moral status as giving rise to moral obligations and imposing limitations on action)
- Important to determine what (relative) moral status children have so that we have clearer point of reference for determining what adults' attitudes toward and treatment of children ought to be
(2) Reasons people have concluded that children are of inferior moral status (ie. children are not "full" persons):
- (a) Because children may justifiably be treated paternalistically, therefore of inferior moral status
HOWEVER: Confusion of moral status and treatment
- (b) Higher-order rational capacities (for moral choice and autonomy) distinguish humans from other creatures, and are therefore the measure of moral worth — because children are inferior on this measure, therefore of inferior moral status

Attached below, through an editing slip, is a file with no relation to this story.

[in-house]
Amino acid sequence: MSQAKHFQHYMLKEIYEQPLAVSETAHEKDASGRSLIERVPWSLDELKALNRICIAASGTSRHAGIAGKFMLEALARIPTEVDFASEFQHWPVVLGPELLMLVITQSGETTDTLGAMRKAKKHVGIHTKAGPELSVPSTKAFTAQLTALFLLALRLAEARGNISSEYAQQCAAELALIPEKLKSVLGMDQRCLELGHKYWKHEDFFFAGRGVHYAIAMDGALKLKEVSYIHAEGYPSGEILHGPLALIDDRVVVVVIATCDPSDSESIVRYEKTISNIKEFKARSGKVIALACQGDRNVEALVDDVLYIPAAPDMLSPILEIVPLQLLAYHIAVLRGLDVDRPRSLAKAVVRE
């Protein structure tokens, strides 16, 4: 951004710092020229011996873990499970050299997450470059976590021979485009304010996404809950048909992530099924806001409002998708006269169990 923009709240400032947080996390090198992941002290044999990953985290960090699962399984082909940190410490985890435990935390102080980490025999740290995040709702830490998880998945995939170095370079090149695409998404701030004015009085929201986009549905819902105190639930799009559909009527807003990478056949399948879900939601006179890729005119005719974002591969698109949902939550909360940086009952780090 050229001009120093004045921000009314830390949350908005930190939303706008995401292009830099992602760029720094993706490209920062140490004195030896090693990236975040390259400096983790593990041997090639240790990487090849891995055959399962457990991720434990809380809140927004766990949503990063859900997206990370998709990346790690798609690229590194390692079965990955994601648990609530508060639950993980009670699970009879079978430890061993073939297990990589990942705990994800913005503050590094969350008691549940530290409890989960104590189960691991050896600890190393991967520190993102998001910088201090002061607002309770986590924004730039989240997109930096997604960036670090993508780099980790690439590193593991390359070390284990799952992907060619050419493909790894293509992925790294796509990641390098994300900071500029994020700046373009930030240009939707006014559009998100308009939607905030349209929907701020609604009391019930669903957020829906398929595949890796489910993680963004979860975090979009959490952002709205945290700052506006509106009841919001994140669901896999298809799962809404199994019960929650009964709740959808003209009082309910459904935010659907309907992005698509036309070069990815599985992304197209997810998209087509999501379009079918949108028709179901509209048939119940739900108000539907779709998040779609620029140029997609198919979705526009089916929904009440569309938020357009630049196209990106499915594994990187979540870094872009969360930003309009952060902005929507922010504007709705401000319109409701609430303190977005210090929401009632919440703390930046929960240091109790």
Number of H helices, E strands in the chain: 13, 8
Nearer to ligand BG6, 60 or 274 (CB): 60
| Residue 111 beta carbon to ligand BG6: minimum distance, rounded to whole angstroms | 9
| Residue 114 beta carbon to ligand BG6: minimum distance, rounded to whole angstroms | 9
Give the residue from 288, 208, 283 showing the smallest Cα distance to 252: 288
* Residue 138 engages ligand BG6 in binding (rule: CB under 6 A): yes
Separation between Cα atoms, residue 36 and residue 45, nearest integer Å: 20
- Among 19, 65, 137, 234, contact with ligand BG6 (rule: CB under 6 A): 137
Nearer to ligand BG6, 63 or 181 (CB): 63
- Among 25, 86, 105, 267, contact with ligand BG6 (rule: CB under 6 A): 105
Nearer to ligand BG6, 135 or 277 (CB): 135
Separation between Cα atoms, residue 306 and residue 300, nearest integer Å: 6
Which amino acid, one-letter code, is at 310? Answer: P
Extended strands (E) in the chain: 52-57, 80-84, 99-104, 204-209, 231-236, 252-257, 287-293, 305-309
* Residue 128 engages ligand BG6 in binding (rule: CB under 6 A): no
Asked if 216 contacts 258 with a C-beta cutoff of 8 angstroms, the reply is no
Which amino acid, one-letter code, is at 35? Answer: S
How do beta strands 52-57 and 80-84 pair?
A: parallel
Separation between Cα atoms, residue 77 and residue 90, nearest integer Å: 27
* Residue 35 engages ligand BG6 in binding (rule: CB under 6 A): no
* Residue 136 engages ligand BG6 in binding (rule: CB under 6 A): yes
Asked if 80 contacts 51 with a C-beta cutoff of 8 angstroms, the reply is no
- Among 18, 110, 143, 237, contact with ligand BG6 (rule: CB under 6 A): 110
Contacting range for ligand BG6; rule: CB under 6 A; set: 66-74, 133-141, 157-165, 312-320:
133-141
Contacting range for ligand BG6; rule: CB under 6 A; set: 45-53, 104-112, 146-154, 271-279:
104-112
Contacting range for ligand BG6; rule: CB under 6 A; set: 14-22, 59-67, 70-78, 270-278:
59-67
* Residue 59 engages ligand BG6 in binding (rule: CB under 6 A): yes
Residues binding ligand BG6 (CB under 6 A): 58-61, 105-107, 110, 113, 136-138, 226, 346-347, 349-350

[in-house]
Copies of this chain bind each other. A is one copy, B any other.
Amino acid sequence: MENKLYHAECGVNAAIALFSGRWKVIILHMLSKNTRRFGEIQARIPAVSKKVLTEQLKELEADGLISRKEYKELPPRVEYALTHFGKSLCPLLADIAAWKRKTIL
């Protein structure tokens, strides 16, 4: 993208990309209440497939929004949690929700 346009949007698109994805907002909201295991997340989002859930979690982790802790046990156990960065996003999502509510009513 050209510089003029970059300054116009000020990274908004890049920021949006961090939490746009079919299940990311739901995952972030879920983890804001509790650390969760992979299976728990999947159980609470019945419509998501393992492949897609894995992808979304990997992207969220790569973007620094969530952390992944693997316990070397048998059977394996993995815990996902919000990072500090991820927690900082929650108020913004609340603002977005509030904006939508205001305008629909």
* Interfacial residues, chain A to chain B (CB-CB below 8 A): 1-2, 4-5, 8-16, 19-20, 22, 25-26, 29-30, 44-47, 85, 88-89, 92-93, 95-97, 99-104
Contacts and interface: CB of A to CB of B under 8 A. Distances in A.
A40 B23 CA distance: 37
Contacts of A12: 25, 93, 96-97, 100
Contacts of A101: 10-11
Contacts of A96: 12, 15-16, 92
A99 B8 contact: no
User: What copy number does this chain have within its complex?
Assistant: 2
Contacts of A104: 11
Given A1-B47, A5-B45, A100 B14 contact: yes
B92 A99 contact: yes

HOWEVER: No single-criterion view of moral status is tenable
(3) Children are superior on every criterion of moral status (except certain aspects of cognitive functions)
- Not chronological age per se that gives rise to superior standing, but rather youthfulness (ie. collection of attributes that typically characterise younger members of our species):
- Numerous possible bases for attributing moral status: (i) Aliveness; (ii) Being objects of care; (iii) Sentience (sensory acuity and intensity of experience);
(iv) Innocence; (v) Beauty; (vi) Potential for future life (and realising any advantages of adult life); (vii) Rationality; (viii) Autonomy; (ix) Processing sensory experience; (x) Contribution to social community
Children come out "substantially ahead" on (i)-(vi)